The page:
The battles in Sacramento aren’t always about arenas or condo towers. Sometimes, they’re over something as simple as a house in an alley.
Erica and Nathan Cunningham are learning that lesson again as they try to build a home facing an alley behind D Street in midtown.
The problem? The two-story home would be 8 feet taller than a cottage in the adjacent yard. Neighbors also don’t like that the Cunninghams want to build something modern. Most of the other houses on D Street are pretty old and small.
And so it was that the city Planning Commission – a powerful bunch that can make or break massive developments – spent 75 minutes on Thursday discussing a home in an alley.
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Neighbors appealed a decision by city staffers to approve the project, requiring the Planning Commission hearing. The commission approved the project anyway, so now the neighbors are probably going to appeal that decision and demand a City Council hearing. And if that doesn’t go their way, the neighbors might sue.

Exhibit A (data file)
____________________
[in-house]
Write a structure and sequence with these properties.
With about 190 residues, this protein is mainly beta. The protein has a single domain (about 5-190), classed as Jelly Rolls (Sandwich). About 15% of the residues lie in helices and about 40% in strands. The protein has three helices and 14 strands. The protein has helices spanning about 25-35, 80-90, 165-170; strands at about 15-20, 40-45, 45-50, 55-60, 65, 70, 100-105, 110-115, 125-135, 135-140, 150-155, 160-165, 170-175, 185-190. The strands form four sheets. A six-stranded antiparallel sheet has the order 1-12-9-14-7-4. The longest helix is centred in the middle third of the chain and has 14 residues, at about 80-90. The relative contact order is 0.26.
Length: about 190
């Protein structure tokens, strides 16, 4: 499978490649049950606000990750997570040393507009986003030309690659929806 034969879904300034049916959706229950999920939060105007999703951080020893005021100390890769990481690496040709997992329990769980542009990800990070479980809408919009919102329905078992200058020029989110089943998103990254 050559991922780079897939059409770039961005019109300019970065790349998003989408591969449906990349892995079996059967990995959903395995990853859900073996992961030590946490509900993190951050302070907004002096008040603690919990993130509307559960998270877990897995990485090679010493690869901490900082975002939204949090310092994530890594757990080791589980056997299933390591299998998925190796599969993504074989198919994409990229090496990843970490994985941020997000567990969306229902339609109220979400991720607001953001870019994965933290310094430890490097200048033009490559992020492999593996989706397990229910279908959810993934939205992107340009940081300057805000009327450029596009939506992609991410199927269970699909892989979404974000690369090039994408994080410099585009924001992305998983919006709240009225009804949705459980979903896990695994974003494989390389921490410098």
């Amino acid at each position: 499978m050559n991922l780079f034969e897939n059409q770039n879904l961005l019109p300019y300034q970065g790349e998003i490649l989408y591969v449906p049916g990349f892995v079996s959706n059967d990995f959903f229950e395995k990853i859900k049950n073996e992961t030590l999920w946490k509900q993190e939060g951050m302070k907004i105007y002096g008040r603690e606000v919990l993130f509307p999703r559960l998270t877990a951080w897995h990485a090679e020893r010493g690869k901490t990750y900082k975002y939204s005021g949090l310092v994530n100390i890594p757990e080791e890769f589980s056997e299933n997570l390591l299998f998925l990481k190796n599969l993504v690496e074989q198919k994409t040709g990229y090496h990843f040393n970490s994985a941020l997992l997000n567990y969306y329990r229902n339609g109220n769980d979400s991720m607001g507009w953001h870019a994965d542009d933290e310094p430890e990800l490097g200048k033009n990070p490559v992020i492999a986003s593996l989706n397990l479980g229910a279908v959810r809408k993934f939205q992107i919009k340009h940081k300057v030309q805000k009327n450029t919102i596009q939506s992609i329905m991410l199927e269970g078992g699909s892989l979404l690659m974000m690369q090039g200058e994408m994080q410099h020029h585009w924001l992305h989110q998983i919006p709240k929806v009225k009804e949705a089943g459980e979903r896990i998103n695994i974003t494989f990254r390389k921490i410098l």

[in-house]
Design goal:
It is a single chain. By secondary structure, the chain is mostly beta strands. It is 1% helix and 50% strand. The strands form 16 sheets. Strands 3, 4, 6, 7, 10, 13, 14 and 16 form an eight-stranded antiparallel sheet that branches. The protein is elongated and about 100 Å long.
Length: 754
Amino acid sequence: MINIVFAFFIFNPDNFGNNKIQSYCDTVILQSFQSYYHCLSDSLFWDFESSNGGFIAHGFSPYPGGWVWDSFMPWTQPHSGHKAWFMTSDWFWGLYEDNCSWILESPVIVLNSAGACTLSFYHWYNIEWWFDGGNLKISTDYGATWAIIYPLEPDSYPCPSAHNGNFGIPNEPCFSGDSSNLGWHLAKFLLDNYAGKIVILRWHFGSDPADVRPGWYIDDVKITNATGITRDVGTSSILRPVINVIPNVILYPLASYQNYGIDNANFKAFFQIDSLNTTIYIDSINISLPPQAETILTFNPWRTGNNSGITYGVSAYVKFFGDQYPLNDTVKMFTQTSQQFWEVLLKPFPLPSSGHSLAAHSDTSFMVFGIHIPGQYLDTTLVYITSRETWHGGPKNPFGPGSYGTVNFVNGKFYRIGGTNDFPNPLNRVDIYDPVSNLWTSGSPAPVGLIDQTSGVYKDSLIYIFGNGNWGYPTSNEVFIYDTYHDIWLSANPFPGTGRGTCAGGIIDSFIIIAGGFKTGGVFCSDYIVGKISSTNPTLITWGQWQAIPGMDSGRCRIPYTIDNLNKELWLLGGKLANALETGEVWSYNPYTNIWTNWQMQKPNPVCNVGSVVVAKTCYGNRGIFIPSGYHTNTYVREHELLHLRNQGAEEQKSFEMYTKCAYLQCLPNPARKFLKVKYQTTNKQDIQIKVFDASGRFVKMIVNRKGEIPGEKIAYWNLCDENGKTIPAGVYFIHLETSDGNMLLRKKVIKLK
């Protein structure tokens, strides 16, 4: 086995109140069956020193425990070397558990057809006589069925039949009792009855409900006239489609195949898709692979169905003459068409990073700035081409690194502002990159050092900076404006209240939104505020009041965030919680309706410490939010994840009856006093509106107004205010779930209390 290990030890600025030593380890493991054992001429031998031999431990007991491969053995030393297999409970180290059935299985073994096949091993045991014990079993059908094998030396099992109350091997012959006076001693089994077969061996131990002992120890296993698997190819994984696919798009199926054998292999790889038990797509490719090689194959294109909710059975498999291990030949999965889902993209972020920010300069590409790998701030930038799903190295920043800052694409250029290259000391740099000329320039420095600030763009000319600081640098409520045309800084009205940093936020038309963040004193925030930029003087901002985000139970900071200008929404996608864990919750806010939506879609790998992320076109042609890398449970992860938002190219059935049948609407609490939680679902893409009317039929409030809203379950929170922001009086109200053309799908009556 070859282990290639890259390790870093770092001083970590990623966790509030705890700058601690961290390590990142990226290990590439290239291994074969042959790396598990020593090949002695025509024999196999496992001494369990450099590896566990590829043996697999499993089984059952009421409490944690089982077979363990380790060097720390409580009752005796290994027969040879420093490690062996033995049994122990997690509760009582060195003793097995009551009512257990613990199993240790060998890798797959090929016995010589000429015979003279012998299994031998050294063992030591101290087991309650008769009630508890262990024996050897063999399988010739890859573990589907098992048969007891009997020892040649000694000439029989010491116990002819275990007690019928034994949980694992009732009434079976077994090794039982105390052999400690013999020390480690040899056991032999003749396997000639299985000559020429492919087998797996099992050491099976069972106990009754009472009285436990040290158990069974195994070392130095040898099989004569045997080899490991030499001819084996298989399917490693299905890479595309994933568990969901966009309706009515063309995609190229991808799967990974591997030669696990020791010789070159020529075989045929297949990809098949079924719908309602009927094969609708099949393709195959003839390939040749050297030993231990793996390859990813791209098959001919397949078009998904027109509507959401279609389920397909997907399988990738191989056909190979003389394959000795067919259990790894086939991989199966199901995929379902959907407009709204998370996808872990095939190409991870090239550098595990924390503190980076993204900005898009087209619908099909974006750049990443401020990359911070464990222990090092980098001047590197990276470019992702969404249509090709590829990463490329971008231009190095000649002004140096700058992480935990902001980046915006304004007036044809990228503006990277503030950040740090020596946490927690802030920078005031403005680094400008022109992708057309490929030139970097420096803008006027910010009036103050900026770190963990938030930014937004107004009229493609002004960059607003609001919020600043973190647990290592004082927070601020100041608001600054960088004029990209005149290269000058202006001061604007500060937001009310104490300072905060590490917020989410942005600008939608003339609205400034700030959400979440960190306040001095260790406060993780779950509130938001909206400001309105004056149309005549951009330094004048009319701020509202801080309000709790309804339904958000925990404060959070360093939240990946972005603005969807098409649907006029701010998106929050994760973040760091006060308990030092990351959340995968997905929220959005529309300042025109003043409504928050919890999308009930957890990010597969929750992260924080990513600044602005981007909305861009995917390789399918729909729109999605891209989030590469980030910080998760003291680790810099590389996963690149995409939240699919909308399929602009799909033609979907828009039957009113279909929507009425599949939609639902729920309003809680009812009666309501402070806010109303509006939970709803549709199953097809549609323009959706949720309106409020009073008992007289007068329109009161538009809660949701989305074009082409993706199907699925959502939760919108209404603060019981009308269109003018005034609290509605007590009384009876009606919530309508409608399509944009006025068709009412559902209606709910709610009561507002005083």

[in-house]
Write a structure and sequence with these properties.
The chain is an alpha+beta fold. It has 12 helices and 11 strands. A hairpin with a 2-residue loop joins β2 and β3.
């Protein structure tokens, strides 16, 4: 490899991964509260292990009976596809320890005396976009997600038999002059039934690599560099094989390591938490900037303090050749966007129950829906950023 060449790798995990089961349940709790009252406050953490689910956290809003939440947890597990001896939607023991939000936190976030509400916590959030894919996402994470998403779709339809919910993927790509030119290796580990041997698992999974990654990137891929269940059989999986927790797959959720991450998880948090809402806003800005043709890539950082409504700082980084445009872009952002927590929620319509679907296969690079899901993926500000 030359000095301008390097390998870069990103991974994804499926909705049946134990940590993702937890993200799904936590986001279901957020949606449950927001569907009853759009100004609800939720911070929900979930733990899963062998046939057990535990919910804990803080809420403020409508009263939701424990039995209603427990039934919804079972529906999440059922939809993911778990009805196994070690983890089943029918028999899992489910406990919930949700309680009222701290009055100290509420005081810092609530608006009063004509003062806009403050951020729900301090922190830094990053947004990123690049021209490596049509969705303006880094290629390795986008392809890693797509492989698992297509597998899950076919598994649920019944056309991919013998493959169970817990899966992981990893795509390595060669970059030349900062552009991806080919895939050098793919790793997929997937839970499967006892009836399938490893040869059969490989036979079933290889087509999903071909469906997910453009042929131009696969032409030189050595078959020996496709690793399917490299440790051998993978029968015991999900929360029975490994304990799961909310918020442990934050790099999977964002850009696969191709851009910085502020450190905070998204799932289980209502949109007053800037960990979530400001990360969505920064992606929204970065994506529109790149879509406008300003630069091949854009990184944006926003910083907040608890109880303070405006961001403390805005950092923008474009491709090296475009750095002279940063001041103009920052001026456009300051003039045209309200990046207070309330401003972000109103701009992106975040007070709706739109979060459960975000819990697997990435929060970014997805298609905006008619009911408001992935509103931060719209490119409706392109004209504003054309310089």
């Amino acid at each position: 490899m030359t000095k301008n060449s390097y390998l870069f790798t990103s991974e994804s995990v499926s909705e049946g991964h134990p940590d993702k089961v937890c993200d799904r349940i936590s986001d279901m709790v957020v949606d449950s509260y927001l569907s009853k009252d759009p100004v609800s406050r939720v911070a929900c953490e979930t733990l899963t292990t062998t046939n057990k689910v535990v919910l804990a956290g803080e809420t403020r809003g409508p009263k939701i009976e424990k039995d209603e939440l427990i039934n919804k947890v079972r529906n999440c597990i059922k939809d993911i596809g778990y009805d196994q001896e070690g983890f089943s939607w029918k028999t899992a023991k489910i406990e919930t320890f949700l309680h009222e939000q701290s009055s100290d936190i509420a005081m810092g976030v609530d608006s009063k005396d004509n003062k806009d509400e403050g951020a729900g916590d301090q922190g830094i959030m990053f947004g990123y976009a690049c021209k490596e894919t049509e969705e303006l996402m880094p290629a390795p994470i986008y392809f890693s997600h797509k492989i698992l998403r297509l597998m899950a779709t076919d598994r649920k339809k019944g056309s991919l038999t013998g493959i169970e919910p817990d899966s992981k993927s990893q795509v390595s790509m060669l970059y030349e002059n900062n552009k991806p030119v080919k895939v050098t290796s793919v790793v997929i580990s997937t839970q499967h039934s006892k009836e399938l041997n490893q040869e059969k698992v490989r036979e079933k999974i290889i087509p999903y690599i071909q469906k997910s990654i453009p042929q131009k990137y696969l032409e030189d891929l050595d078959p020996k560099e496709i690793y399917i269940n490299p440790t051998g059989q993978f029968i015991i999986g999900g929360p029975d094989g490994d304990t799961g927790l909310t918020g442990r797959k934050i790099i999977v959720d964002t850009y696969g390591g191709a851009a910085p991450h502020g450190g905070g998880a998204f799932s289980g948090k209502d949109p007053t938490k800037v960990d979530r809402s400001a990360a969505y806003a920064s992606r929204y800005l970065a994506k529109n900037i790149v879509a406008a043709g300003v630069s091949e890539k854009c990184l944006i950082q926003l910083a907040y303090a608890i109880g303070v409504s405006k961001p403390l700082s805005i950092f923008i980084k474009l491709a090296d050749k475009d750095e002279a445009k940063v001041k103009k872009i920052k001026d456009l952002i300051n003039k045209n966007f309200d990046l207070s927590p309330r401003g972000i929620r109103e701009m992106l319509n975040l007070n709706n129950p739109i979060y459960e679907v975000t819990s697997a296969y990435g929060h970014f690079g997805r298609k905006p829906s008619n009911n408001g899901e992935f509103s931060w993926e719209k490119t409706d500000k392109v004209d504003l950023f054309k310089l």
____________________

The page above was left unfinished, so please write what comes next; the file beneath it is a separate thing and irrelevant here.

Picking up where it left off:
The city, which talks a lot about trying to “activate” the central city’s alleys, backs the Cunninghams.
The Cunninghams are the kind of young, talented people Sacramento is trying to cultivate. They’ve lived near the central city for more than a decade. Their homegrown firm, Indie Capital, builds modern homes and renovates old houses in midtown, Land Park and East Sac.
Three years ago, they tried to build a three-story home in another midtown alley. Neighbors complained, and the City Council ordered the Cunninghams to build a smaller home.
“We receive so much backlash,” Erica Cunningham said. “Maybe we should just pack up and take our business somewhere else.”
The latest tussle is emblematic of a broader debate. Sacramento wants more people living in the central city. But city leaders struggle with how to attract new residents, while preserving the stable neighborhoods that already exist.
And that’s why neighbors like Pamela Fitch get so involved in such matters. She’s lived on D Street since 1998, right next to where the new home would go. It’s easy to call her a NIMBY for wanting to change the Cunninghams’ plan, but that’s because you and I don’t share her backyard. The new home would clearly change the character of her home and her neighborhood.
I asked Fitch about a system where someone can demand a City Council hearing over a single house. Is that fair?
“Why not?” Fitch said. “We live here, too.”
She then talked about a government that responds to its people. “When Lincoln was president,” she said, “anyone could walk into the White House.”
Sacramento: where neighborhood scuffles over a house in an alley evoke references to none other than Honest Abe.